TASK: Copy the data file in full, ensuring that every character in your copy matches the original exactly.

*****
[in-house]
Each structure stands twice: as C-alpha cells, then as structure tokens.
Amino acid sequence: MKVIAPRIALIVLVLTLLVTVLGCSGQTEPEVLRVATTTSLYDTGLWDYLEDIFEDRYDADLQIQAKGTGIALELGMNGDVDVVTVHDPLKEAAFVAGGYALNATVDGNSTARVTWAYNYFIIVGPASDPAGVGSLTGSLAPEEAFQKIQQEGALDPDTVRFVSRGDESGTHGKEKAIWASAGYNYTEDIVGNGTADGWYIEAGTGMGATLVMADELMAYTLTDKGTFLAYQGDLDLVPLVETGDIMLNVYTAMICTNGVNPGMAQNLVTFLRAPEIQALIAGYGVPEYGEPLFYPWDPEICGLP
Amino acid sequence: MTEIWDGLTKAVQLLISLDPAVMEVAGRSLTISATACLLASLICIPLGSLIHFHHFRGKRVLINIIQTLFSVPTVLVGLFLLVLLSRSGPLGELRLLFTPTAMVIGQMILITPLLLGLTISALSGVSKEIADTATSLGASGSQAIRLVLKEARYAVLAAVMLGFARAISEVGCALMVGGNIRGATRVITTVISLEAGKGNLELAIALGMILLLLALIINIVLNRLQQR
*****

[in-house]
Each structure stands twice: as C-alpha cells, then as structure tokens.
Amino acid sequence: MKVIAPRIALIVLVLTLLVTVLGCSGQTEPEVLRVATTTSLYDTGLWDYLEDIFEDRYDADLQIQAKGTGIALELGMNGDVDVVTVHDPLKEAAFVAGGYALNATVDGNSTARVTWAYNYFIIVGPASDPAGVGSLTGSLAPEEAFQKIQQEGALDPDTVRFVSRGDESGTHGKEKAIWASAGYNYTEDIVGNGTADGWYIEAGTGMGATLVMADELMAYTLTDKGTFLAYQGDLDLVPLVETGDIMLNVYTAMICTNGVNPGMAQNLVTFLRAPEIQALIAGYGVPEYGEPLFYPWDPEICGLP
Amino acid sequence: MTEIWDGLTKAVQLLISLDPAVMEVAGRSLTISATACLLASLICIPLGSLIHFHHFRGKRVLINIIQTLFSVPTVLVGLFLLVLLSRSGPLGELRLLFTPTAMVIGQMILITPLLLGLTISALSGVSKEIADTATSLGASGSQAIRLVLKEARYAVLAAVMLGFARAISEVGCALMVGGNIRGATRVITTVISLEAGKGNLELAIALGMILLLLALIINIVLNRLQQR